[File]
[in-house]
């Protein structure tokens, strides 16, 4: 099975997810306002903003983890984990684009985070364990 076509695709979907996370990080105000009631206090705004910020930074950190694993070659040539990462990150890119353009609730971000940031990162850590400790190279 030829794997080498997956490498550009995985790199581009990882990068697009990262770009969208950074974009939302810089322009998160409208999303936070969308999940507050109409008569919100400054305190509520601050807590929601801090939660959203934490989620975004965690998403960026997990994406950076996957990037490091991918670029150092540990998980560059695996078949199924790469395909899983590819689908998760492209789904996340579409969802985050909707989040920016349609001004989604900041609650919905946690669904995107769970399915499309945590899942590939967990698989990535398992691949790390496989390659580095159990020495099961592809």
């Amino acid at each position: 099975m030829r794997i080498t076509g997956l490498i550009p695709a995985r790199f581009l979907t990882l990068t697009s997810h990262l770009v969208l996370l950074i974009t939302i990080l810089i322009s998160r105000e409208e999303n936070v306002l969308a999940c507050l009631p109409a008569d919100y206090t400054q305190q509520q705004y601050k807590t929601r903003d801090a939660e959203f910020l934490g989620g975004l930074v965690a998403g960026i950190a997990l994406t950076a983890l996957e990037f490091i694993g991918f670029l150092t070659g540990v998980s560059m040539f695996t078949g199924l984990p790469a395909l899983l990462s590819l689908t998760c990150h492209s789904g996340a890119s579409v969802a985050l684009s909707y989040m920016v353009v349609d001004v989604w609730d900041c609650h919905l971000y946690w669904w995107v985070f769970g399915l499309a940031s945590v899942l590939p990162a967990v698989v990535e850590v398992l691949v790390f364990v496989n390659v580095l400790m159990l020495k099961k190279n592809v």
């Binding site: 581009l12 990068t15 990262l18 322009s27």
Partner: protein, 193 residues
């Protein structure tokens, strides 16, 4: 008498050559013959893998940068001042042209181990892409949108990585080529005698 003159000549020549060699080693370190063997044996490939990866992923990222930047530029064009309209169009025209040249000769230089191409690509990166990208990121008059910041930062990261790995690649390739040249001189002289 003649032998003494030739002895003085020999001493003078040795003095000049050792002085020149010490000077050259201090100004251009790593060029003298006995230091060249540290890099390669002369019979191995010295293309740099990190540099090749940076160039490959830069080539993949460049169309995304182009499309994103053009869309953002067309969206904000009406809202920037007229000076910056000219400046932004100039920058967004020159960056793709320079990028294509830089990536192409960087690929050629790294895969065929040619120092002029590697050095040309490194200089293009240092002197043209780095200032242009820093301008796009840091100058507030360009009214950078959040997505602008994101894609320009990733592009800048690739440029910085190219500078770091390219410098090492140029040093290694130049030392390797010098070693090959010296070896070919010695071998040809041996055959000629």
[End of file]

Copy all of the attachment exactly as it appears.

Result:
[in-house]
């Protein structure tokens, strides 16, 4: 099975997810306002903003983890984990684009985070364990 076509695709979907996370990080105000009631206090705004910020930074950190694993070659040539990462990150890119353009609730971000940031990162850590400790190279 030829794997080498997956490498550009995985790199581009990882990068697009990262770009969208950074974009939302810089322009998160409208999303936070969308999940507050109409008569919100400054305190509520601050807590929601801090939660959203934490989620975004965690998403960026997990994406950076996957990037490091991918670029150092540990998980560059695996078949199924790469395909899983590819689908998760492209789904996340579409969802985050909707989040920016349609001004989604900041609650919905946690669904995107769970399915499309945590899942590939967990698989990535398992691949790390496989390659580095159990020495099961592809």
């Amino acid at each position: 099975m030829r794997i080498t076509g997956l490498i550009p695709a995985r790199f581009l979907t990882l990068t697009s997810h990262l770009v969208l996370l950074i974009t939302i990080l810089i322009s998160r105000e409208e999303n936070v306002l969308a999940c507050l009631p109409a008569d919100y206090t400054q305190q509520q705004y601050k807590t929601r903003d801090a939660e959203f910020l934490g989620g975004l930074v965690a998403g960026i950190a997990l994406t950076a983890l996957e990037f490091i694993g991918f670029l150092t070659g540990v998980s560059m040539f695996t078949g199924l984990p790469a395909l899983l990462s590819l689908t998760c990150h492209s789904g996340a890119s579409v969802a985050l684009s909707y989040m920016v353009v349609d001004v989604w609730d900041c609650h919905l971000y946690w669904w995107v985070f769970g399915l499309a940031s945590v899942l590939p990162a967990v698989v990535e850590v398992l691949v790390f364990v496989n390659v580095l400790m159990l020495k099961k190279n592809v």
């Binding site: 581009l12 990068t15 990262l18 322009s27």
Partner: protein, 193 residues
């Protein structure tokens, strides 16, 4: 008498050559013959893998940068001042042209181990892409949108990585080529005698 003159000549020549060699080693370190063997044996490939990866992923990222930047530029064009309209169009025209040249000769230089191409690509990166990208990121008059910041930062990261790995690649390739040249001189002289 003649032998003494030739002895003085020999001493003078040795003095000049050792002085020149010490000077050259201090100004251009790593060029003298006995230091060249540290890099390669002369019979191995010295293309740099990190540099090749940076160039490959830069080539993949460049169309995304182009499309994103053009869309953002067309969206904000009406809202920037007229000076910056000219400046932004100039920058967004020159960056793709320079990028294509830089990536192409960087690929050629790294895969065929040619120092002029590697050095040309490194200089293009240092002197043209780095200032242009820093301008796009840091100058507030360009009214950078959040997505602008994101894609320009990733592009800048690739440029910085190219500078770091390219410098090492140029040093290694130049030392390797010098070693090959010296070896070919010695071998040809041996055959000629």